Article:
The Eternal Return by Brian Swann
In fall I stomp, bomb and spray them with worse than
agent-orange. They fall as black rain on soup and sinner
alike. And still they come. The locals say, Just sweep ’em up.
I do, again and again, and by first snow they’re gone.
In spring I find fly nurseries in riddled cowpats and think,
well, maybe this year they’ve gone somewhere else, and
I forget them. Until fall when they seep in again through
cracks and they’re everywhere, crawling up windows to
the sun, clustering as satanic clots in corners. Then they fall,
hit the floor singing high-pitched death-songs, dog-soldiers
staked to the spot, spinning on their backs, break-dancing,
flailing legs of thread, flapping mica wings, coming apart.
So I sweep them up, toss them out into the cold where
they will sleep their sleep, dream the same dream all winter
till in spring it comes true again, and the wake, born of dung
to no end save that which made them, serious as the sun into which
they vanish, to return, reconstituted, unresolved.
Swann, B. 2018, “The Eternal Return”, Salmagundi, , no. 199, pp. 68-68,227.
Ruminating on roundness again, a consequence of working with the wheel and the circular nature of wheel thrown vessels, I find myself interested in Nietzsche’s theory of the eternal return. Intended as a thought provoking experiment instead of an explanation of the universe, eternal return is the theory that life is endlessly repeating. Existence repeating itself in an infinite cycle through reincarnation is nothing new, cyclical time has been present in many religions from the ancient Egyptians to Buddhism and Hinduism. The idea of cyclical time is something we are not so familiar with in the west because of the rise of Christianity.
Nietzsche’s eternal return differs from reincarnation in that no soul is involved and instead of a new, better or worse life, we experience the exact same one over and over again. The weight that comes with this thought is heavy. On one side, we have the endless, pointless and absurd repeated suffering of existence. On the other, we find a joyful truth, a motivation to live the best life we can so that we will want nothing to be different next time around. He called this joy amor fati, literally, loving one’s fate. I find this a more appealing philosophy to life than the contemporary often reckless and selfish attitude of YOLO.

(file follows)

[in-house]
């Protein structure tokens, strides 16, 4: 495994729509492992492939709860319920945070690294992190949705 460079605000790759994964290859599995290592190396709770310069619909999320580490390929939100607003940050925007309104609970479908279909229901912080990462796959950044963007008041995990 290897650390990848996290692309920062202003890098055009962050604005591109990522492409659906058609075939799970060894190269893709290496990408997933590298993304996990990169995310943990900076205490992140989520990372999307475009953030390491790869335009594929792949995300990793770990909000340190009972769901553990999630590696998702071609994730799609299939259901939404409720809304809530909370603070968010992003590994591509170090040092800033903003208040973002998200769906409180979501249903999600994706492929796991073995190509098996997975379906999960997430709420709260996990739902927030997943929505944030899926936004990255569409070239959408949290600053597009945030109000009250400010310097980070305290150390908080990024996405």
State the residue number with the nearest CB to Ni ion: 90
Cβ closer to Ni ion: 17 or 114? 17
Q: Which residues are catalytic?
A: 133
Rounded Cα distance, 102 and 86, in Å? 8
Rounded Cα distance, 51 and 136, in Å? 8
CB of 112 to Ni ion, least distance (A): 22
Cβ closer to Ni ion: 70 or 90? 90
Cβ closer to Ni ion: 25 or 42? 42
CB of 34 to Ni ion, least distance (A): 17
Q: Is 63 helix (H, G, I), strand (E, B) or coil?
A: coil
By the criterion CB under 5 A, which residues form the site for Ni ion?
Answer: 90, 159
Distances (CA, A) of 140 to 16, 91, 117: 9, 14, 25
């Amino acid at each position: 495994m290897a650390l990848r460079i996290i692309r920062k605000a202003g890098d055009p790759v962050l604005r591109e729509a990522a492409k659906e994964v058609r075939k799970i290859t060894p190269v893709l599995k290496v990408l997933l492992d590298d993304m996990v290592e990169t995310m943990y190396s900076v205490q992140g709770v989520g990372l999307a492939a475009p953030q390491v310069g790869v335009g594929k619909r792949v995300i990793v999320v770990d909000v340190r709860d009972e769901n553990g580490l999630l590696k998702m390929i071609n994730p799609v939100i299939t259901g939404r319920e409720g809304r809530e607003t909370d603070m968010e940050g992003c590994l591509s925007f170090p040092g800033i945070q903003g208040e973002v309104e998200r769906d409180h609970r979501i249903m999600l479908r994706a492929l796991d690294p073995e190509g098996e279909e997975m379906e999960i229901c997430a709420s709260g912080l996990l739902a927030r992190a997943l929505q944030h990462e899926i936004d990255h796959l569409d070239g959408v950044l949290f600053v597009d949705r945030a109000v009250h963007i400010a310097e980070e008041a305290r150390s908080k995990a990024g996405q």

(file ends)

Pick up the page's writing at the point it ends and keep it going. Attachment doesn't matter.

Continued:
Nietzsche’s Eternal Return contrasts with the Christian attitude that this life is seen as inferior to the next one, a linear progression from one state to another. In the American Drama series ‘True Detective’ Cole’s character describes time as a flat circle, a closed system on which our lives are played out like films over and over again. Many films have played with the idea of time repeating itself – Groundhog Day, The Truman Show and more recently Happy Death Day and one of my favourites, The Frame. The Frame tells the story of two characters, each watching the other’s life through a TV show in parallel separate universes, and eventually each trying to save the other’s life.
The Big Bounce Theory of the universe postulates that matter and energy is a cycle of contraction and expansion. It’s perhaps not the most popular theory of the universe but it’s interesting to think of this in relation to the things I make. In an Eternal Return I would have made them an infinite amount of times before and will make them over and over forever. In that case there would be repeated, identical vessel forms superimposed on top of one another. What would this look like?